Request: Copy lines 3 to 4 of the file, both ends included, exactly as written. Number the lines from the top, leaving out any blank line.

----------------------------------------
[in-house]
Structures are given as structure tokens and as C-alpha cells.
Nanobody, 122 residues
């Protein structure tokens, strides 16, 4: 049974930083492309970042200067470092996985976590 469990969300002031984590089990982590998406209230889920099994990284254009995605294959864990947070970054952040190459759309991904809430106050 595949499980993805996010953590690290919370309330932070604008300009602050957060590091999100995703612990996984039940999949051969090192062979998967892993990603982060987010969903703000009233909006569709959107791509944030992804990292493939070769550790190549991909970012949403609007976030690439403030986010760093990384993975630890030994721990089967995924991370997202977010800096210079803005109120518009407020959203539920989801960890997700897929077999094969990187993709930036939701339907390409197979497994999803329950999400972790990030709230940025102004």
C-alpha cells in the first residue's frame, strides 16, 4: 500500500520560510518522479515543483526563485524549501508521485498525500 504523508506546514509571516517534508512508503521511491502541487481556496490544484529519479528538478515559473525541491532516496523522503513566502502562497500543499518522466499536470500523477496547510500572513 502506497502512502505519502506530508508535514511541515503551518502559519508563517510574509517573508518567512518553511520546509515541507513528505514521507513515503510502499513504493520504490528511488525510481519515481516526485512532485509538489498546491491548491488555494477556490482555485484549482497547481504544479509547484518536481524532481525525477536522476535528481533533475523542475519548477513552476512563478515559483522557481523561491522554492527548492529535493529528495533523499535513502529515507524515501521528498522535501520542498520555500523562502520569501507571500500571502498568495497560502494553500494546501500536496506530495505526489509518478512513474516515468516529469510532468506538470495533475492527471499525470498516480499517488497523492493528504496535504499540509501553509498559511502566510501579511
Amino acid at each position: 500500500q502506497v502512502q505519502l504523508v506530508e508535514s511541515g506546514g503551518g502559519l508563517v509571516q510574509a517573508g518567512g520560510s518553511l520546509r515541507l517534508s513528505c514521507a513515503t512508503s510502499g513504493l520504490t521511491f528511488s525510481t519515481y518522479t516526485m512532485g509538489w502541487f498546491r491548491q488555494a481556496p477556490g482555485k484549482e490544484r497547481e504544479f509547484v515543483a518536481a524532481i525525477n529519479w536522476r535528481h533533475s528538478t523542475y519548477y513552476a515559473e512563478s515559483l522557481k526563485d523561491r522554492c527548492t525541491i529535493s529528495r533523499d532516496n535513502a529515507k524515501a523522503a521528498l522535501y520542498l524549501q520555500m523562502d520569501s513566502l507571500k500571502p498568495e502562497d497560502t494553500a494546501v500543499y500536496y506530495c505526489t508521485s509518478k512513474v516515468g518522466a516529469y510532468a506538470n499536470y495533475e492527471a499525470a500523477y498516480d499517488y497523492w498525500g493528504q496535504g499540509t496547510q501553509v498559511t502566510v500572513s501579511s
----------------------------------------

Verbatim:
Nanobody, 122 residues
């Protein structure tokens, strides 16, 4: 049974930083492309970042200067470092996985976590 469990969300002031984590089990982590998406209230889920099994990284254009995605294959864990947070970054952040190459759309991904809430106050 595949499980993805996010953590690290919370309330932070604008300009602050957060590091999100995703612990996984039940999949051969090192062979998967892993990603982060987010969903703000009233909006569709959107791509944030992804990292493939070769550790190549991909970012949403609007976030690439403030986010760093990384993975630890030994721990089967995924991370997202977010800096210079803005109120518009407020959203539920989801960890997700897929077999094969990187993709930036939701339907390409197979497994999803329950999400972790990030709230940025102004």